Another generation thrives in food and wine industries; family setting withenough 'blue sky' for everyone

Don and Nancy Sebastiani must have done something right to have all three of their kids thriving as masters of their own food and wine domains.

Siblings Donny, August and Mia Sebastiani are in fact fourth-generation entrepreneurs, building on the legacy begun by their great-grandfather Samuele, who came to California from Tuscany in 1895. Within 10 years he had opened a winery; by the 1930s, he was rich.

Samuele's son August took the family's wine business to another level, moving beyond bulk wine into marketing varietals. When he died in 1980, his widow Sylvia, along with their two sons, Sam and Don, 12 years apart in age, were left to carry on.

But family rifts can make a straight line crooked. In time, Sam left to open Viansa Winery and Don, after selling parts of Sebastiani, including the 8-million-case brand Turner Road Vintners, to Constellation in 2001, started Don Sebastiani and Sons (Don & Sons). That left sister Mary Ann Cuneo to run the family company. She sold Sebastiani Vineyards and Winery to winery magnate Bill Foley in 2008.

Don & Sons was nicely moving along. Donny, 35, was appointed president and CEO, and his younger brother, August, 33, was working with him. A negociant firm, Don & Sons finds good wine throughout the state to blend and market as its own creations.

Among its brands are Smoking Loon, a long-standing juggernaut, as well as Pepperwood Grove, The Crusher, Aquinas, B Side, Il Donato and Project Paso. There is also a line of wines labeled Don & Sons, including Don & Sons Sonoma Signature Series, a pinot noir and chardonnay crafted from Petaluma Gap grapes.

"It's a unique and exciting time," said Donny Sebastiani of Don & Sons. "We're all running companies at different stages and different levels but we're all relatively successful and growing."

August notes that when his father, now 60, was his age there was some highly publicized conflict within the Sebastiani family and, in the spirit of not repeating the sins of the past, by 2010 it made sense for August to run a business of his own.

"The lesson he learned is allow siblings their own blue sky," August said. "The way he's positioned our three companies is exactly that."

He went off to run The Other Guys, which was originally a division within Don & Sons and under August's tenure as managing director grew from 5,000 to 140,000 cases. (It doubled from that in 2010.) The business also makes and markets wines and recently expanded into spirits. It is smaller than Don & Sons, and always on the hunt for cool, offbeat things to do.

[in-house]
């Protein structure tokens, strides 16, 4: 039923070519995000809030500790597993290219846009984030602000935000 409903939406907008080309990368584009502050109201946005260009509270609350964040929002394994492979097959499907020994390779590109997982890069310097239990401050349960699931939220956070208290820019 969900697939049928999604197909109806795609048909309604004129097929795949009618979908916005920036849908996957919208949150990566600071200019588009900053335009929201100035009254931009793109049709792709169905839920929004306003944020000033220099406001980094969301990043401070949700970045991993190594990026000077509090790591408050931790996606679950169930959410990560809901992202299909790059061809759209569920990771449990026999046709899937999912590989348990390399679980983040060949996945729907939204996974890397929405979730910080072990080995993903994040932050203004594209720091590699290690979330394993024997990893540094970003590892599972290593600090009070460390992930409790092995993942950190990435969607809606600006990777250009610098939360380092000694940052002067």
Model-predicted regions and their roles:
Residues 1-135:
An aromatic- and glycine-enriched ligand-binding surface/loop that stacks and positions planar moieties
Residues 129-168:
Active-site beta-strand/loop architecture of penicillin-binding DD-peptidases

"General (George S.) Patton said, 'Don't tell people how to do things, tell them what to do and let them surprise you with their results,' " August quoted. "That's my style. I don't want to micro-manage."

The successful wines produced by The Other Guys include Leese-Fitch, Hey Mambo, Plungerhead, Pennywise, White Knight and MooBuzz. The spirits side is made up of Masterson's Rye Whiskey, Uncle Val's Gin and Kirk and Sweeney Rum.

Meanwhile, Mia Sebastiani, 26, has taken over the reins of Mia's Kitchen, a pasta sauce and olive oil company spun out of Don & Sons in 2011. Originally, it consisted of a wine called Mia's Playground. She started making a wine-reduction pasta sauce.

"It was $24 for cooking wine that nobody knows how to use," Mia quipped. "If people don't know anything about wine, they won't buy a $20 bottle of wine. It's the same thing with food. If you don't know anything about food, I say cook more. We try to make it an everyday-gourmet type of thing."

Mia's Kitchen's pasta sauce is inspired by Nancy Sebastiani's own homemade recipe. Her cooking continues to bring the family together every Sunday for sit-down dinners.

"We're really loud Italians," said Mia, unabashedly. "We eat a lot. Mom cooks a lot. The kitchen was always the place we'd hang out."

Younger than her brothers by 10 and eight years, with the toughness to speak her mind, Mia describes her childhood as akin to being raised by three dads. A free spirit, she was independent as a child, climbing trees and playing drums, guitar and piano.

"If someone had asked me at 18 years old if I'd be in the family business, I would have laughed," she said. "But everything fell into place naturally. I started cooking more in college for my friends and one of the first recipes was my mom's tomato sauce. I watched her do it so many times."

Mia's namesake company grew by 800 percent last year, selling 42,000 cases of pasta sauce throughout the country, including to many Safeway stores and Whole Foods.

Mia meets with her two brothers quarterly, no parents allowed, to provide what August describes as a "35,000-foot view of each others' businesses," helping provide perspective on new products, marketing plans or positioning.

With three kids and a fourth to be born any day, August says that in the end what he really admired about his dad growing up was his work-life balance; he always made himself available to coach Little League and otherwise be with his kids.

"To have as many things going on as he did, that he was around was amazing," August said. "That's the stuff that matters. It's why I want to be successful in my business, for them."

Virginie Boone is a freelance wine writer based in Sonoma County. She can be reached at and followed on Twitter @vboone.

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